“Three deals in one day seemed like too much,” Heitner said. “We pushed the Gopuff deal to July 2.”
After arriving in New York around 2 a.m. — completing a 17-hour day — the twins slept for two hours. And then it was time to go to work.
NIL had arrived.
Will it lead to athletes becoming employees? Will the NCAA be able to create guardrails so that NIL isn’t just a recruiting inducement? Can donor-led collectives continue to disrupt this space by facilitating deals?
What follows are the reactions and recollections in interviews with Sports Business Journal from those who have had a front-row seat for the birth of NIL and watched it quickly evolve, for better or worse, over the past year:
Jim Cavale, CEO, INFLCR: What we all saw was that student athletes believed there was going to be this big payday. The media had written about it for two years, using examples like Zion Williamson and Trevor Lawrence, and what NIL would have been for them if they were still in college. Those examples were used so often with such big numbers that the student athletes thought offers were going to be coming in from all directions.
Drew Butler, executive VP/collegiate, Icon Source: There was a lot of excitement, but there also was a lot of uncertainty because there was zero guidance coming from the NCAA. Some states had pushed bills forward that would allow student athletes to capitalize on their NIL. Those were protective measures. Then at the 11th hour, the NCAA came out with interim guidelines and the frenzy was on July 1. Here we are a year later, still with tons of questions and a lot of it up in the air.
John Raleigh, chief legal officer, Learfield: The NCAA saw the Wild West coming, and they threw their hands up. Especially after the Supreme Court decision, I think the NCAA thought its hands were tied as to what they could legislate and enforce.
Cory Moss, CEO, CLC: Leading up to July 1, we were answering a lot of questions and just trying to make sure the schools, whether they had decided to let student athletes use the marks, understood the guidelines and the royalty rates for use of their IP.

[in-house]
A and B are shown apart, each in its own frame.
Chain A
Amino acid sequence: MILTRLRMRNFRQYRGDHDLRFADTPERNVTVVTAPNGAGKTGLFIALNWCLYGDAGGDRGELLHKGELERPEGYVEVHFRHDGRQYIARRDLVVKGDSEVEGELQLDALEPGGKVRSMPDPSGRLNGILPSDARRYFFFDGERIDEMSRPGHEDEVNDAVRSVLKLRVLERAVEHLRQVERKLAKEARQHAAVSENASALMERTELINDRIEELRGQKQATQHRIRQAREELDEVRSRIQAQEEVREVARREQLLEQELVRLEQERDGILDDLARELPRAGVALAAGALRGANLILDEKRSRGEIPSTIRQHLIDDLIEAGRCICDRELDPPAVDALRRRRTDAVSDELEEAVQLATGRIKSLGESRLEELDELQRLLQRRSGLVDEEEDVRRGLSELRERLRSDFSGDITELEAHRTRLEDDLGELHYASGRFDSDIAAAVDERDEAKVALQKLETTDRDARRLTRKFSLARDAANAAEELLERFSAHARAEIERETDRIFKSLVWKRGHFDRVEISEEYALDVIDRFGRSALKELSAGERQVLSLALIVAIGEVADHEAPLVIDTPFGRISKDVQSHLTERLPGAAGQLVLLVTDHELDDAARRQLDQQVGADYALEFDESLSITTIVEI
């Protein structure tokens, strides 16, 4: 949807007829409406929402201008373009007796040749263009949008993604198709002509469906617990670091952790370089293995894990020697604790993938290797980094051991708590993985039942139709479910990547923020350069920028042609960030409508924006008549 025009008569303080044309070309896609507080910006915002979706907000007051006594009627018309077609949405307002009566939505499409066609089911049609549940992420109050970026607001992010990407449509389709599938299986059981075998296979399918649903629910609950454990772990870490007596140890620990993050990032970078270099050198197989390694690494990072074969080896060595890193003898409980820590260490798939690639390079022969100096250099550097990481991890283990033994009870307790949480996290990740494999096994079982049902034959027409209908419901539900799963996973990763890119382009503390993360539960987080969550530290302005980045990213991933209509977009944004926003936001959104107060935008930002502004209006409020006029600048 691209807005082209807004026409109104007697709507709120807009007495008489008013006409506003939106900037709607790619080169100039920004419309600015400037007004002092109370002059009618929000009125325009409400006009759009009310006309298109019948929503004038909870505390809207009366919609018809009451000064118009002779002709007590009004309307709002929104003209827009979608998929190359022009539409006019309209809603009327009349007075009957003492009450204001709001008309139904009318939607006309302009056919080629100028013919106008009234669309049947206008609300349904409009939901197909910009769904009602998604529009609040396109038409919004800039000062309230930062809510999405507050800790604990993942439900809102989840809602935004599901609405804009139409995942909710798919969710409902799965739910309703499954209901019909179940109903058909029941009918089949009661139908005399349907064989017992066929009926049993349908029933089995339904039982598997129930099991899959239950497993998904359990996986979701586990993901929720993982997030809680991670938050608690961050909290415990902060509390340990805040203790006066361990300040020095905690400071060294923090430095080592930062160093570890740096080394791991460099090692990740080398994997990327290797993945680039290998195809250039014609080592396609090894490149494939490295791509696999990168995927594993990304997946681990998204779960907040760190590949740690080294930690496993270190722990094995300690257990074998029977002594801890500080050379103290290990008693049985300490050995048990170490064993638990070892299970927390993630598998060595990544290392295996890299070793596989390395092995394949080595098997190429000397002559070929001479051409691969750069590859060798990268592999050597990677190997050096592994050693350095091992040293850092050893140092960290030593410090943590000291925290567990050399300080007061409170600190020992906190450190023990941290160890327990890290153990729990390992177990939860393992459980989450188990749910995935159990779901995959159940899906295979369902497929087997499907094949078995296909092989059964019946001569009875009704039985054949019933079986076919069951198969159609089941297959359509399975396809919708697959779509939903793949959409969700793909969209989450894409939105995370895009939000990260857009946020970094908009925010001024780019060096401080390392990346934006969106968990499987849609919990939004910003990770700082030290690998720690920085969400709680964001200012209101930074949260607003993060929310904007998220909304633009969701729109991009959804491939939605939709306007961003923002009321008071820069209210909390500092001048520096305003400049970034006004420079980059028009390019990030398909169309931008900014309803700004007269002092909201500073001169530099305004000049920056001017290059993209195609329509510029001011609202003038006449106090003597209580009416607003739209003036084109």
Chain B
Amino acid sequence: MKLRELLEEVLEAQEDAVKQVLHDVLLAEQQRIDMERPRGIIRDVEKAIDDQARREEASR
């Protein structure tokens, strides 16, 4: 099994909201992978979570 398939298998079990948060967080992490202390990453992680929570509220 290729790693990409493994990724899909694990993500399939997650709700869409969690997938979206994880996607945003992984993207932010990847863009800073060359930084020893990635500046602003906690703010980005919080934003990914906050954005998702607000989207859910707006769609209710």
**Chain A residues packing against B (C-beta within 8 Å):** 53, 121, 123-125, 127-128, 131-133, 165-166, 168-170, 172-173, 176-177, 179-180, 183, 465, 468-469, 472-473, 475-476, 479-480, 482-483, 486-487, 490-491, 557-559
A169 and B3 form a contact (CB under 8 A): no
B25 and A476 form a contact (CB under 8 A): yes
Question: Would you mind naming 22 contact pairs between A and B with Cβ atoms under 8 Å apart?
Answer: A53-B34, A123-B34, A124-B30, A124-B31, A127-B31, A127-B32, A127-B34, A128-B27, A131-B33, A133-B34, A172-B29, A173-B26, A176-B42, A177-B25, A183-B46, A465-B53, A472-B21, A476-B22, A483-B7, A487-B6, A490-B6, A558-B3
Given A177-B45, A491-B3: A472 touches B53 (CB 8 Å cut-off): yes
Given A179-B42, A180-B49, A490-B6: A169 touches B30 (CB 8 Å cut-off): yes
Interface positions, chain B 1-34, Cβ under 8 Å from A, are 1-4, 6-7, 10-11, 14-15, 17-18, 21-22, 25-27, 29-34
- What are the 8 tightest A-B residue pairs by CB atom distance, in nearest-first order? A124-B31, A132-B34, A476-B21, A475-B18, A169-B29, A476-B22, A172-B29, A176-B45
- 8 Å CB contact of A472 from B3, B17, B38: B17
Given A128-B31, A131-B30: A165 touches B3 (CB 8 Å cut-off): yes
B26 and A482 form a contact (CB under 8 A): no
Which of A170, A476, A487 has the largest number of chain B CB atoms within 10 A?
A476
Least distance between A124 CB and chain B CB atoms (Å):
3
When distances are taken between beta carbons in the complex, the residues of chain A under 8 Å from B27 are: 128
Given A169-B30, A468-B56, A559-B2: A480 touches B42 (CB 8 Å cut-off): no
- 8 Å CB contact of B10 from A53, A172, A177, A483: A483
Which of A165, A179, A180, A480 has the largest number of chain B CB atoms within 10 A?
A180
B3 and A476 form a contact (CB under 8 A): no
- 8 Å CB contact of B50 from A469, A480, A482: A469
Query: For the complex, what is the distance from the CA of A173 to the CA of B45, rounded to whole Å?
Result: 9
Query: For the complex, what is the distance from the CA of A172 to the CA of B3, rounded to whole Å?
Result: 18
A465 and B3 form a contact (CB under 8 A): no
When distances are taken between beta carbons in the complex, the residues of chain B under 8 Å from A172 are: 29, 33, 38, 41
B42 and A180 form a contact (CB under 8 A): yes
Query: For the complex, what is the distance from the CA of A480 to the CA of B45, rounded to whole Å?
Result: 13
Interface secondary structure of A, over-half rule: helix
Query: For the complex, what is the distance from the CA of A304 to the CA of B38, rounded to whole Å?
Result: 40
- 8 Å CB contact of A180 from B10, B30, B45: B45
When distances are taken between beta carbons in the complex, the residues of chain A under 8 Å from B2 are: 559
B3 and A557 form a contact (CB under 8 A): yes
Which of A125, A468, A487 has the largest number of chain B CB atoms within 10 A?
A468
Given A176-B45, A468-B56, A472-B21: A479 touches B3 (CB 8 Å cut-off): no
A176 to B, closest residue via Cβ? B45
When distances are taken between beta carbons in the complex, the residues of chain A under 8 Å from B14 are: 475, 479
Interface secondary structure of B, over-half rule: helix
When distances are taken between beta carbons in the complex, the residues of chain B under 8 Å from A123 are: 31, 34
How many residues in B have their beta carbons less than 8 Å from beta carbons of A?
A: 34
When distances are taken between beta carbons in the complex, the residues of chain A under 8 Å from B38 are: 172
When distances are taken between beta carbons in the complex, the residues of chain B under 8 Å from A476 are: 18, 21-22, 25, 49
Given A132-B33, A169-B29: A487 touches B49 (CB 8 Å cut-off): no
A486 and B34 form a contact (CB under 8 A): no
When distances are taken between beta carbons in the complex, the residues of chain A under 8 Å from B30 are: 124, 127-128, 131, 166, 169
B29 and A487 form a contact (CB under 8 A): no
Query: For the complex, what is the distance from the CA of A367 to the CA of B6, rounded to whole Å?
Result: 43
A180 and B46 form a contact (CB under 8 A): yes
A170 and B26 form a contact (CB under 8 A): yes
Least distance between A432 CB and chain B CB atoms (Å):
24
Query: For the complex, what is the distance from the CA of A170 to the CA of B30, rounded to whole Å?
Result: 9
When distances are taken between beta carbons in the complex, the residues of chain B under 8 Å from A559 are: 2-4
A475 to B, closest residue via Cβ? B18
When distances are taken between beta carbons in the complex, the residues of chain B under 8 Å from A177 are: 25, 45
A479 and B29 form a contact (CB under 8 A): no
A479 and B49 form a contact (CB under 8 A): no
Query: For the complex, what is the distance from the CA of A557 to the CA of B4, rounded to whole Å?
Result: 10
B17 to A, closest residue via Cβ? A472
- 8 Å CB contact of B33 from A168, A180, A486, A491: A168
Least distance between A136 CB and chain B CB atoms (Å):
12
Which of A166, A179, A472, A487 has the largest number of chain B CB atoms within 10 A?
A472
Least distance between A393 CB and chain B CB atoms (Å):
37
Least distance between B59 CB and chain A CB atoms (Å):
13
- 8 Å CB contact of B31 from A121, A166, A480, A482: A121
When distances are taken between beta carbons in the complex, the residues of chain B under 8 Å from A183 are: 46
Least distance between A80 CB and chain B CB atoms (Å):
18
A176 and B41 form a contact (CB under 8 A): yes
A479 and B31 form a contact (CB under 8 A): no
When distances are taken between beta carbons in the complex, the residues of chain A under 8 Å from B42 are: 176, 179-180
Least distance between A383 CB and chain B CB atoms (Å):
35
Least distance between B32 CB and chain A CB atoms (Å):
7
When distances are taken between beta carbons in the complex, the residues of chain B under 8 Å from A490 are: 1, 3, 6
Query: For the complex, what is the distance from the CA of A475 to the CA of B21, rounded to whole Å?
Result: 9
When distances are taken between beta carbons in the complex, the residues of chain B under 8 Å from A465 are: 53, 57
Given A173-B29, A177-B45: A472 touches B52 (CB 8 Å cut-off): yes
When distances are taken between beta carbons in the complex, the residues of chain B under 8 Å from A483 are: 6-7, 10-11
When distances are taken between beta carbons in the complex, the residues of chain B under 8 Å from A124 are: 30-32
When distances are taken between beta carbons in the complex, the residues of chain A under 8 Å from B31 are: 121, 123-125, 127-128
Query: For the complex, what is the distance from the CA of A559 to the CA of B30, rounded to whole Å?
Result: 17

Blake Lawrence, CEO, Opendorse: June 30 was a big travel day. I went from Gainesville to Charlotte to Chicago to Madison, Wis. That’s when we had our first in-person session at Wisconsin with the student athletes. I had to step out of one session to take a phone call because we were trying to get a deal done with Gopuff and the Cavinder twins. I was pacing so much, it felt like I was doing laps around the Kohl Center. … Then I was off to Los Angeles. I spent the first day of NIL, July 1, at the Elite 11 quarterback camp, providing educational sessions.
Casey Schwab, CEO, Altius Sports Partners: In the weeks leading up to July 1, we were talking a lot to the student athletes about how you talk to a marketing agent, how you talk to an attorney, how you talk to a tax adviser. At that point, we had about a dozen schools we were working with and we tried to hit every one of them. On July 1, I was at South Carolina for a session on, “OK, this thing is live, what does it mean?”
Jake Duhaime, communications lead, Iovate Health Services: Six Star’s initial target was (UConn women’s basketball player) Paige Bueckers. Paige would eventually choose Gatorade, though we were proud to bring an offer of financial equivalence. Gatorade had built up a ton of brand equity, and we are just getting our foot in the door. … We figured that athletes like Paige wouldn’t be among the first movers. They would weigh potential agencies who could monetize them responsibly. To be a first mover, we had to think outside the box.
Darren Heitner, founder, Heitner Legal: As I watched the deals come across during the first few days of NIL, I was excited for the numerosity of opportunities and that athletes were finally cashing in on their fame. At the same time, I started to become concerned about athletes “selling out” and not doing any diligence on the brands they were associating with, focusing on quantity over quality, not reading the fine print on the contracts. There were issues with regard to the length of the grant of rights, and issues concerning use of school marks without consent. I remember having concerns with deals like the myriad of players associating with Barstool Sports and Yoke gaming on the use of IP.